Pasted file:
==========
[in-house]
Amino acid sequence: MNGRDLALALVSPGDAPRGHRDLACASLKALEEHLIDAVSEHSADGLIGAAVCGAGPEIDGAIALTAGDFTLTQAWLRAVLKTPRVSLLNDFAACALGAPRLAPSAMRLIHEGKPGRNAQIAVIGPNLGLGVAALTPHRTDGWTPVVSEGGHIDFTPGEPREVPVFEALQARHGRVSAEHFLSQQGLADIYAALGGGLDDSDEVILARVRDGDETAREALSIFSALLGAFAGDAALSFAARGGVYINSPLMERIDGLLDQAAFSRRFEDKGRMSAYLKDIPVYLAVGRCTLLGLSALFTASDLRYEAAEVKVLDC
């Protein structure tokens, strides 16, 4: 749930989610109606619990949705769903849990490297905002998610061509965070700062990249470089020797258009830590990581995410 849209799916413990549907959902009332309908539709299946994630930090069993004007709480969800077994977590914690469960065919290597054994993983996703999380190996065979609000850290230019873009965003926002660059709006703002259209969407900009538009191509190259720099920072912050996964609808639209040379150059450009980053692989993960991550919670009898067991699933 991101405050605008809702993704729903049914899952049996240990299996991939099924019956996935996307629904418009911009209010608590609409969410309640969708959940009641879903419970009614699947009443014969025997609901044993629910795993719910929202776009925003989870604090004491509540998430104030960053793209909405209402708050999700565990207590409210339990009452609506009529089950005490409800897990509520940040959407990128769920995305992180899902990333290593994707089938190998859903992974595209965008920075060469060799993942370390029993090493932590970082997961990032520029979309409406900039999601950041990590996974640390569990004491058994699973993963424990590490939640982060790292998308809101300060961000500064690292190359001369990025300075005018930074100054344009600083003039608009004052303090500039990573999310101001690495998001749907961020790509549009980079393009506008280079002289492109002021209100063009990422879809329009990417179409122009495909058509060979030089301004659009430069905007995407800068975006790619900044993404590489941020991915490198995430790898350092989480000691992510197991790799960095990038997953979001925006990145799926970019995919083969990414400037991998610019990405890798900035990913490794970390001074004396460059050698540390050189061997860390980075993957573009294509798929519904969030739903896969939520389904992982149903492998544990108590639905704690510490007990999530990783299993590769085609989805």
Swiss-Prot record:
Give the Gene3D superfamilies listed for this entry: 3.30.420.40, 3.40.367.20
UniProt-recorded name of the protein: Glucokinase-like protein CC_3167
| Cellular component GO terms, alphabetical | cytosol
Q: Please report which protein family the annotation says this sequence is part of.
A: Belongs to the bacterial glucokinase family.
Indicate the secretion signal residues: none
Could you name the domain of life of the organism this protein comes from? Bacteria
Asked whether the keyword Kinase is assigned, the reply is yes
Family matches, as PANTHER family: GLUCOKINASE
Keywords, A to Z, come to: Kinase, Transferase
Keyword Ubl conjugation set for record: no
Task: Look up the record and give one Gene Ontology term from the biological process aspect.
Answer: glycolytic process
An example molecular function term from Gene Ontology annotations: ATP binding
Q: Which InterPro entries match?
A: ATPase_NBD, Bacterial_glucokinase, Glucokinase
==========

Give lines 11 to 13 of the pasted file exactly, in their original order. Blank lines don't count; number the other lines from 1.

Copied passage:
Could you name the domain of life of the organism this protein comes from? Bacteria
Asked whether the keyword Kinase is assigned, the reply is yes
Family matches, as PANTHER family: GLUCOKINASE